A Terrible Lambing Season

The reason for so many bundles of joy in the shed and the house is that the ewes are abandoning their lambs. This happens when they don’t have enough nutrition to produce milk for them. In a poor season, when there’s not enough feed available, this is the sheep’s defense mechanism to allow them to survive.

We could have prevented this by feeding them back in July, about a month before lambing started, but we were watching them carefully, and we thought they were doing OK, in difficult conditions and so made the (with hindsight, wrong) judgement to keep them in the big paddock they were grazing, which still had a bit of feed, and supplement with lick blocks.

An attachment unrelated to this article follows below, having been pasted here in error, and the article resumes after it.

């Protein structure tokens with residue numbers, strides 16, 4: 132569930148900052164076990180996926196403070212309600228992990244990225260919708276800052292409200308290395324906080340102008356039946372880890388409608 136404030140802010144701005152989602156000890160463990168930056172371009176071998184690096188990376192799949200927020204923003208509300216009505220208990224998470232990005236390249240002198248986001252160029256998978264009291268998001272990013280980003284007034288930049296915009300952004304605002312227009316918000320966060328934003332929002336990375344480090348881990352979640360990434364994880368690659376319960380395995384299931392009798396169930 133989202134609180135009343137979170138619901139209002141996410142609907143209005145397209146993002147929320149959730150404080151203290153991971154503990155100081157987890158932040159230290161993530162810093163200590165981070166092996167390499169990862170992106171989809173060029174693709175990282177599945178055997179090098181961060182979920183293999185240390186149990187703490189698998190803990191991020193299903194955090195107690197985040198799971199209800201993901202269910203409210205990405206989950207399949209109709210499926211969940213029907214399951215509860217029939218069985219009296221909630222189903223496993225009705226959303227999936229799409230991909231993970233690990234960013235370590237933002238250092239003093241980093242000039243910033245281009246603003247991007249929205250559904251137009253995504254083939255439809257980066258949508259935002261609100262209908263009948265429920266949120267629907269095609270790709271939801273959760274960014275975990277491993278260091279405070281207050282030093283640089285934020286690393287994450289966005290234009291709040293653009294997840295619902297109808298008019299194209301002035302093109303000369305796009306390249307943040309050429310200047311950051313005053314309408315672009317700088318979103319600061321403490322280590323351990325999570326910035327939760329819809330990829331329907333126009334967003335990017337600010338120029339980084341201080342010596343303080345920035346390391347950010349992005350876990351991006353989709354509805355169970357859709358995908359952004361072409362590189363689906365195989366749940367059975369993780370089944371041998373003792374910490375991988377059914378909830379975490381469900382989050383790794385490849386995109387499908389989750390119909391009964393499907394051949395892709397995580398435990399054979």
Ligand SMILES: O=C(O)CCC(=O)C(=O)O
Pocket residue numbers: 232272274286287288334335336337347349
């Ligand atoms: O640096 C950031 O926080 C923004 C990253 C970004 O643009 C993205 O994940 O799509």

At the same time the cows had reached a crisis point, so we were pretty focused on getting them into better conditions. Then just as we decided the cattle were back on track, lambing started and it got pretty ugly, pretty quickly. And the frosty mornings, snow and sleet didn’t help.

We’re now two weeks in, with another four or five to go, and we’re starting to get on top of things; more ewes are raising their own lambs and we’re picking up less, although the crows have found us and are adding to the complications.



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